Chain Letter

The simplest example of a meme that takes into advantage these network features is a chain-letter: a message sent to different people with the express request to copy it and distribute it further. This is motivated by anticipated rewards for those who do (and punishment for those who don't). Paper chain-letters are often poorly readable photocopies, or manuscripts retranscribed numerous times by hand or by typewriter, with the insertion of plenty of spelling and semantic errors. The effort and cost of copying and distribution moreover limit the number of copies per generation to about 20. Chain-letters distributed by electronic mail, on the other hand, can be sent to hundreds or thousands of people at once, at virtually no efforts or costs, and without information degradation.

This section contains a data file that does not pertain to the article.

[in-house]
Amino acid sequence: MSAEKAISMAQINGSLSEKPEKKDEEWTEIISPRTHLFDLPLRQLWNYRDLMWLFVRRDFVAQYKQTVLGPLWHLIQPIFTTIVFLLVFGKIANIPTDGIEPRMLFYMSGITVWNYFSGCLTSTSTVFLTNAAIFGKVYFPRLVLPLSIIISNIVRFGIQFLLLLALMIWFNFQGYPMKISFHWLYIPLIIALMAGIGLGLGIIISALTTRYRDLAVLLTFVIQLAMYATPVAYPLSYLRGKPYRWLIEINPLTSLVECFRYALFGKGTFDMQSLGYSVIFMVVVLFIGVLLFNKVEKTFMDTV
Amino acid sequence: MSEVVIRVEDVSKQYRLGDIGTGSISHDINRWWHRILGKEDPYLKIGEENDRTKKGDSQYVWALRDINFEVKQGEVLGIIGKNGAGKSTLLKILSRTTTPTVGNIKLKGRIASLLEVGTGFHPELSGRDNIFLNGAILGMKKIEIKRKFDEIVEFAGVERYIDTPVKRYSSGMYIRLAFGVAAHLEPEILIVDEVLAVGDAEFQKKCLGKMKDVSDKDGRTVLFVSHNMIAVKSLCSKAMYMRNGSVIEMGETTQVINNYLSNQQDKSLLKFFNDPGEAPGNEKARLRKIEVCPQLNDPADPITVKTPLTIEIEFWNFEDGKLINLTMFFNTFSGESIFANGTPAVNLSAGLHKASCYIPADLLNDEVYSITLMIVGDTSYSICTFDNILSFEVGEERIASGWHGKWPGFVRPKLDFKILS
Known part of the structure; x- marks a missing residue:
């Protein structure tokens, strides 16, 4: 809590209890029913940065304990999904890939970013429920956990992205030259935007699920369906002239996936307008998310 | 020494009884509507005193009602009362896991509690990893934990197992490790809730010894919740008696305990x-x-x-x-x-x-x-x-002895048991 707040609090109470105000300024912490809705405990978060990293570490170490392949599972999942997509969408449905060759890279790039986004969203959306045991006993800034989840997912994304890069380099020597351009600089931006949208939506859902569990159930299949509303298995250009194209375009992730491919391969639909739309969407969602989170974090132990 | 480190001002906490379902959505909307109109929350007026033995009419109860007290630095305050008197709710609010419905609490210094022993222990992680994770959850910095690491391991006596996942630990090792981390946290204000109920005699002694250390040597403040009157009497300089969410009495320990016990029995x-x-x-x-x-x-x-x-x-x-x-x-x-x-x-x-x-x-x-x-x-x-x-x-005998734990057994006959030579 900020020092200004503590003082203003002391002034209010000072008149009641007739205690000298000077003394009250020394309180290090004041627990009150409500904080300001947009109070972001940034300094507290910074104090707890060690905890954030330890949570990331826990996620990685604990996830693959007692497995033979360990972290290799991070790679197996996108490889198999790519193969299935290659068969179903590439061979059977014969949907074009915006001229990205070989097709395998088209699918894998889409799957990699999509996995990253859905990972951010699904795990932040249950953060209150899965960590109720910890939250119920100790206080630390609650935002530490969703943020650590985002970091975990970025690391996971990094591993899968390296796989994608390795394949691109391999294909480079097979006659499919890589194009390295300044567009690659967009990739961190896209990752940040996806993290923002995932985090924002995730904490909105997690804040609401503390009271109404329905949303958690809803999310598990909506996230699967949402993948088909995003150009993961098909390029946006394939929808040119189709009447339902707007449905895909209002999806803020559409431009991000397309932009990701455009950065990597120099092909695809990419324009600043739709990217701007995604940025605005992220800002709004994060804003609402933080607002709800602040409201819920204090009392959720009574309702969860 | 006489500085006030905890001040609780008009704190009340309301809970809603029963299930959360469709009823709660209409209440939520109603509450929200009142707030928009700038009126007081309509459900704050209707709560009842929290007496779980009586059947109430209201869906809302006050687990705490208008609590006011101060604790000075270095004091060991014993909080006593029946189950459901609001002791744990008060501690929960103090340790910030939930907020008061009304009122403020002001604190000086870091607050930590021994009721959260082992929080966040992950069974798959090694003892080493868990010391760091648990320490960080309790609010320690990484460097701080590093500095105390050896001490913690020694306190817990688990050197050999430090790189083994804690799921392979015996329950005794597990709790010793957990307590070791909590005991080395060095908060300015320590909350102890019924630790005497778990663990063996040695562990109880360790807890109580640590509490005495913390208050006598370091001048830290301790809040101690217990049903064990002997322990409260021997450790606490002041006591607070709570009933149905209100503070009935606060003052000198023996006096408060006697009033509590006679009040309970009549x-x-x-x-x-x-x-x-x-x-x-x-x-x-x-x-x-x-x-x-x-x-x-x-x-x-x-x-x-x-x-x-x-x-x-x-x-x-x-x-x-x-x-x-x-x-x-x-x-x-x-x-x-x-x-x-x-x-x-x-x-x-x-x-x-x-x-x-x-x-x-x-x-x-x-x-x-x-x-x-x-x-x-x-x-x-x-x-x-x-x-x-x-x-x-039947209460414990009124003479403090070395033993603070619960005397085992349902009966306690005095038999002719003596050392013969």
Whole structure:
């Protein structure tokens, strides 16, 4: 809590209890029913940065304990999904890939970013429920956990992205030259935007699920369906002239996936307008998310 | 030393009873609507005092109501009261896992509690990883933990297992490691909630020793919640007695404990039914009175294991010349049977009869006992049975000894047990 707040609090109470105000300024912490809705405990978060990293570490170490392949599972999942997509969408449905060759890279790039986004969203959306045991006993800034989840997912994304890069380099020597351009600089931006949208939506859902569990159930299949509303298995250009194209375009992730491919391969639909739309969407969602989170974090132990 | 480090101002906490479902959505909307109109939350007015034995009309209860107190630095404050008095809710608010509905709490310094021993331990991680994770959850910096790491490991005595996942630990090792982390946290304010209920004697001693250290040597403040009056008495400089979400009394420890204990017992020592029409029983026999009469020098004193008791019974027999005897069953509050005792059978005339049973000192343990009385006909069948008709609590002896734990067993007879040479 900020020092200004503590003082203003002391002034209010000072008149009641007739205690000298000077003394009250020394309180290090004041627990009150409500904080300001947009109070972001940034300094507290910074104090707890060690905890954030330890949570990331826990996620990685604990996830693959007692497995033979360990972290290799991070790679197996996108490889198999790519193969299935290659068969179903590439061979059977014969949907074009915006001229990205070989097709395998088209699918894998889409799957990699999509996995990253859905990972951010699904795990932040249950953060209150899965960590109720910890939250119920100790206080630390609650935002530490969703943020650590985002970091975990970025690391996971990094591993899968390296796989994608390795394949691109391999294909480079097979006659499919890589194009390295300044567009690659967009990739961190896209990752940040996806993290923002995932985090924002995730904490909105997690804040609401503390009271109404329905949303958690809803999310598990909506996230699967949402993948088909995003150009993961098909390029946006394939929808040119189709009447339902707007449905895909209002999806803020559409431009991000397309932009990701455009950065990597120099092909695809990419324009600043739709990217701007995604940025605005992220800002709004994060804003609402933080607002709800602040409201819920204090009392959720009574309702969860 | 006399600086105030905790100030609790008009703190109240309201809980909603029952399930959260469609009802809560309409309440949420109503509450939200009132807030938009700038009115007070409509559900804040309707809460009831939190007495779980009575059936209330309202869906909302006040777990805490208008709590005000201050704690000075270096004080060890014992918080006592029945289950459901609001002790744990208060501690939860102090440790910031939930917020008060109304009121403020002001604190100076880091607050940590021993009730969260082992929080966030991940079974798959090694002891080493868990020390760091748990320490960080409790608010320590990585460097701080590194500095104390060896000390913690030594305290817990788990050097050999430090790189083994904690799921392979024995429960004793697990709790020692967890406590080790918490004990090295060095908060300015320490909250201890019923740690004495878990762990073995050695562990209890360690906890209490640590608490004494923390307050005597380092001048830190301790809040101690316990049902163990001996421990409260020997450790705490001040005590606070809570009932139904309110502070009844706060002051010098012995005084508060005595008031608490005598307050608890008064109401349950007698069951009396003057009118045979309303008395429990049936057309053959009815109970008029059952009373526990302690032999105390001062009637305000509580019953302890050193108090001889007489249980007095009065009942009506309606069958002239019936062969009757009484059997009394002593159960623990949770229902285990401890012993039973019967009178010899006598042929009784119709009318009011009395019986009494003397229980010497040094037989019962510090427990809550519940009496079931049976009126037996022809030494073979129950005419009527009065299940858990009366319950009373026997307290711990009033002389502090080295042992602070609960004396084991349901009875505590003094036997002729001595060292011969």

Though I have received more chain-letters by email than by post, chain-letters on the net are still a minor phenomenon. Although their spread is very much facilitated by the net, the same applies to all other types of messages. That means that there is increased competition between all these different memes for a limited resource: the attention a user pays to the information he or she receives. Because chain-letters fulfil relatively few of the criteria? that distinguish successful memes from unsuccessful ones, they are unlikely to win this competition. (Heylighen, Francis, 1997)

Last edited on Saturday, October 4, 2003 8:09:32 pm.